The clashes were most severe in the complex territories of the Habsburg Empire: liberal Czech nationalists forcibly prevented the participation of Bohemia and Moravia in the German National Assembly; Poles and Ukrainians clashed over Galicia; Croatians refused to participate in the Hungarian National Assembly. In Transylvania Romanian-speaking peasants clashed with their Hungarian nationalist landlords in a civil war that cost 40,000 lives, by far the greatest death toll in the revolutions.
Events in Germany and Italy show how and why the revolutions failed.
The Frankfurt ParliamentThe Frankfurt Parliament was very significant for the future history of Germany but it also encapsulates the reasons for the failure of the revolutions.
At the end of October 1848 the deputies voted to adopt a ‘greater German’ (grossdeutsch) solution to the national question: the Habsburg German (and Czech) lands would be incorporated in the new German Reich; the non-German Habsburg lands would be formed into a separate constitutional entity ruled from Vienna. But the Austrians had no intention of accepting this. In November Schwarzenberg, the new chief minister, announced that he intended the Habsburg monarchy to remain a unitary political entity. This forced the Frankfurt deputes to adopt the kleindeutsch solution, in which Austria would be excluded from the new German polity and the pre-eminence would inevitably pass to Prussia.
In April 1849, delegates travelled to Berlin to offer the crown to Frederick William, but he refused the crown on the grounds that he would only accept it if the other German princes agreed. This sealed the fate of the Frankfurt Parliament. In 1850 Prussia and Austria agreed to work together. In 1851 the German Confederation was restored.
However, 1848 brought profound changes in Prussia. Frederick William’s constitution remained, though the franchise was altered and skewed towards men of property. The press was no longer censored though there was much surveillance of radical groups.
The revolutions in ItalyOn 17 March the Venetian Arsenal was seized and, under the direction of the lawyer, Daniele Manin, a civic guard and a provisional government were instituted. The Austrians evacuated Venice on 26 March and Manin became president of the re-created Republic of San Marco.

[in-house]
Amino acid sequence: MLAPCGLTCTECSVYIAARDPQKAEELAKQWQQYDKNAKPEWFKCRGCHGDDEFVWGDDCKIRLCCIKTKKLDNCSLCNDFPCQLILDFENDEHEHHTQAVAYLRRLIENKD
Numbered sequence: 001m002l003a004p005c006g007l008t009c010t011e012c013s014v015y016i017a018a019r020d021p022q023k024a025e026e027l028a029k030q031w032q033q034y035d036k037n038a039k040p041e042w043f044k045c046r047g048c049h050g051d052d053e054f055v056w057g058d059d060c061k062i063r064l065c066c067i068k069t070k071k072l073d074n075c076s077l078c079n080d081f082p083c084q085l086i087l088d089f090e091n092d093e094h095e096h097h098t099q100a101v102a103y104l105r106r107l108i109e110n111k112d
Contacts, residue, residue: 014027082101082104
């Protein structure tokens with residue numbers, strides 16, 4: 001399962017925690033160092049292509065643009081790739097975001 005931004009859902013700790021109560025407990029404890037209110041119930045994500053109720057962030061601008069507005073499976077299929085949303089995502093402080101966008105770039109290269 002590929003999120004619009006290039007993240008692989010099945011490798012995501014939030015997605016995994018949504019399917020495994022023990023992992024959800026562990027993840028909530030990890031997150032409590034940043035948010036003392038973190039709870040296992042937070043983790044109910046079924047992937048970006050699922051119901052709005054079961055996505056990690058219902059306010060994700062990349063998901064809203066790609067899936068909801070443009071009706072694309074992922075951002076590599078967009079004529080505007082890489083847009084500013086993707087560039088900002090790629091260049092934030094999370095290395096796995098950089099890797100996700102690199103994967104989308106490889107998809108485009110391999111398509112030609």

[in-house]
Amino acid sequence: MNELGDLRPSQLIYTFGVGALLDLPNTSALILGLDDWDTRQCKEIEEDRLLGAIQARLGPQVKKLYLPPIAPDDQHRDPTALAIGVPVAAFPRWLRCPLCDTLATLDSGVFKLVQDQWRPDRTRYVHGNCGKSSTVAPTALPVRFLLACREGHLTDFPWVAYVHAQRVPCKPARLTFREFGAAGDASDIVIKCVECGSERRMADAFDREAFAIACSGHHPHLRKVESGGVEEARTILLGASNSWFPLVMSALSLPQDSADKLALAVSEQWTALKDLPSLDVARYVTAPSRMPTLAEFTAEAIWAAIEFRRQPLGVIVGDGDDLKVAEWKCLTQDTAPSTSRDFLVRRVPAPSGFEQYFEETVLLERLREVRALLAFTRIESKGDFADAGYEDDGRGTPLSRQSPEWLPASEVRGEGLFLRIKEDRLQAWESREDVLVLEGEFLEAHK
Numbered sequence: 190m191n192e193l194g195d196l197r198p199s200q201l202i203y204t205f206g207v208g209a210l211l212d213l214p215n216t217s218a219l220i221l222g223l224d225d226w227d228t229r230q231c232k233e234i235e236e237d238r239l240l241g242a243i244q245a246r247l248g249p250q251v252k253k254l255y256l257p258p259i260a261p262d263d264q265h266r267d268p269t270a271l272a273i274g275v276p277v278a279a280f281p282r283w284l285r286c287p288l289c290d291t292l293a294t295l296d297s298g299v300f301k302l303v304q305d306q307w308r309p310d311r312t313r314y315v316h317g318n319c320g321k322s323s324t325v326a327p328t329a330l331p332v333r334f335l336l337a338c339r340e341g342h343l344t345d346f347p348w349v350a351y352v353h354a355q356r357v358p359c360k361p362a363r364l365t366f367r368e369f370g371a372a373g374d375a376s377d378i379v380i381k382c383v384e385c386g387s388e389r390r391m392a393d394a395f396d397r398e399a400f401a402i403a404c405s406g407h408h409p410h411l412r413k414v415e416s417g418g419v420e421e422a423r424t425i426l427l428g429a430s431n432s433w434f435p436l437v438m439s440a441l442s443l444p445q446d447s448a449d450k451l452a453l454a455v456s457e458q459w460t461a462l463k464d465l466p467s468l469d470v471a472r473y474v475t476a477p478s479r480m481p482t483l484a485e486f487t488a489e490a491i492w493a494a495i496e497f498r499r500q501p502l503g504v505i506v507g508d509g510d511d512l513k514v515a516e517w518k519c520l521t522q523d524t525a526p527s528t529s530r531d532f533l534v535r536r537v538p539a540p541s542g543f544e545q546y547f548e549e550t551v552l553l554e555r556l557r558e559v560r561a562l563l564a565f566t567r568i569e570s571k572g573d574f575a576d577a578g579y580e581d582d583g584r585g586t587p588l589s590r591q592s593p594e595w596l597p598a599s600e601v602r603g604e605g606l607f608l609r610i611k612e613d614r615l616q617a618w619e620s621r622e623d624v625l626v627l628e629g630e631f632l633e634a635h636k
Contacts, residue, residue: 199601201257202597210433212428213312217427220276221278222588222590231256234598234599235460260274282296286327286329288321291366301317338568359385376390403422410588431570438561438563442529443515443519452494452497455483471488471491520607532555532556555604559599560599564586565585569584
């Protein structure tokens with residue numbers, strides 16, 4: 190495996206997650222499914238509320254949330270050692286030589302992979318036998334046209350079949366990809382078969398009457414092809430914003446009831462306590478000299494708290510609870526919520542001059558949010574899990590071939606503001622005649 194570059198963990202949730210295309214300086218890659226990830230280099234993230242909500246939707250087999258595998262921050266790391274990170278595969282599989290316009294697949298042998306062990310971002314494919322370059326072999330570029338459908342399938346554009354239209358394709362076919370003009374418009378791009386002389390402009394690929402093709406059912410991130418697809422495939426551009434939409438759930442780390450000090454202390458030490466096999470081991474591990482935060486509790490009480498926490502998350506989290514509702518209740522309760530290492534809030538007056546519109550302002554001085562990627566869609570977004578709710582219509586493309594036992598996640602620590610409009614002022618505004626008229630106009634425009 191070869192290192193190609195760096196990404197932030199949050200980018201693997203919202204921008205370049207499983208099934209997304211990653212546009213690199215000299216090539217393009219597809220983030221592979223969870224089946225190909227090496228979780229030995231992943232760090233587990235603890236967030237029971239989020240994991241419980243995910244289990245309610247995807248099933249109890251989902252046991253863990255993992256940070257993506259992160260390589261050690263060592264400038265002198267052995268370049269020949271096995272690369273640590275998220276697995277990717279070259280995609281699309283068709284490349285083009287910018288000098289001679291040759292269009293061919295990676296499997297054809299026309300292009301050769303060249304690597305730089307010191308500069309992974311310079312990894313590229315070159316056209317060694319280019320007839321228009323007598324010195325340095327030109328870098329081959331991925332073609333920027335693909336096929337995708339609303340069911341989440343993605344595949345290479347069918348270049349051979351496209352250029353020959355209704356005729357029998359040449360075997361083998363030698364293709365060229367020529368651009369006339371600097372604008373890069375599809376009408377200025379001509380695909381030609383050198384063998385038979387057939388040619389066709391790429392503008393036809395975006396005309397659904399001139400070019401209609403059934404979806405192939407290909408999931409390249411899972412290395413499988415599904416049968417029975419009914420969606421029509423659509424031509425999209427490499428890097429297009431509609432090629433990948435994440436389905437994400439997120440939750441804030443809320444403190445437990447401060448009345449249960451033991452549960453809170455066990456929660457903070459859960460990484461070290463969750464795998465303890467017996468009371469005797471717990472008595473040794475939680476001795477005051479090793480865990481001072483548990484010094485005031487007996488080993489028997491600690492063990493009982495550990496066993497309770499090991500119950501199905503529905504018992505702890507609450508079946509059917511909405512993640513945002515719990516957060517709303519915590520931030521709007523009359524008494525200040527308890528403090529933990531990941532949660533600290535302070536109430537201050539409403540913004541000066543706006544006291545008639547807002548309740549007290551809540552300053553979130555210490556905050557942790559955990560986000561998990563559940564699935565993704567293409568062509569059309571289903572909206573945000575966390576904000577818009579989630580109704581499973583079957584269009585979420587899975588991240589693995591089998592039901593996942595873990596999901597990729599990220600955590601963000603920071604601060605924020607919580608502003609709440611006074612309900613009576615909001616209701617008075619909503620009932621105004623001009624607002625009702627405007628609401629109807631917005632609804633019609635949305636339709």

President of the Republic of San Marco
Following a revolution in Milan on 18-23 March, the Austrian General Josef Radetzky retreated to the four fortresses of the Quadrilateral.
On 23 March King Charles Albert declared war on Austria. It was a risky step but Piedmont had the best army in the peninsula and the King had expansionist ambitions. At first the Piedmontese were successful. They annexed Parma and Modena, whose rulers fled.
Pius IX faced a dilemma: he was an Italian ruler but also the head of the Catholic Church. He had to choose between his mildly patriotic feelings for Italy and his obligations to Catholic Austria. On 29 April in an address to the cardinals, he refused to support the war against Austria. Some Italians never forgave him for this.
In May Ferdinand II regained Naples. His ruthlessness in reconquering Sicily in July earned him the nickname,‘King Bomba’.
In July Charles Albert was defeated by General Radetzky's Austrians at Custozza near Verona, after which he retreated to Milan. He then accepted a humiliating armistice with Austria.
On 15 November, 1848, Pellegrino Rossi, the very unpopular Minister of Justice of the Papal government, was assassinated. The following day, residents of Rome filled the streets, demanding social reforms and a war against Austria. On the night of 24 November, Pius IX left Rome in disguise for Gaeta, a fortress in the Kingdom of the Two Sicilies.
In February 1849 a constituent assembly, elected on manhood suffrage, proclaimed the Roman Republic. The Roman Republic seemed to herald the rebirth of the Italian revolution. On 20 March Charles Albert, under pressure from Piedmontese democrats, renewed his war with Austria. However, following his defeat at Novara, he abdicated in favour of his son, Victor Emmanuel II, and went into exile in Portugal where he died shortly afterwards.
Following this, the Grand Duke was restored to Tuscany, and Austria re-conquered Lombardy. General Radetzky was made Vicecroy of Lombardy-Venetia. Only Rome and Venice now held out.
On hearing the news of Novara, the Roman Republic set up a governing triumvirate that included Mazzini, and Giuseppe Garibaldi set up an‘Italian Legion’ to defend the city. The Republic held out until 3 July against a French army sent by President Louis Napoleon, who needed the support of French Catholics in order to secure his position.
In August the Venetian Republic fell to cholera and starvation. Northern Italy was now back under Austrian rule, part of the dominions of the new emperor, the eighteen-year-old Franz Joseph.
In the immediate reckoning, 1848 was a series of disasters for liberalism. But it can be argued that the reactionary regimes had triumphed at such a heavy cost that they could not bear a repeat performance. The basic liberal principle of government by consent could not be denied and one by one over the next two decades government by consent steadily gained widespread acceptance. Metternich’s Europe had gone for ever.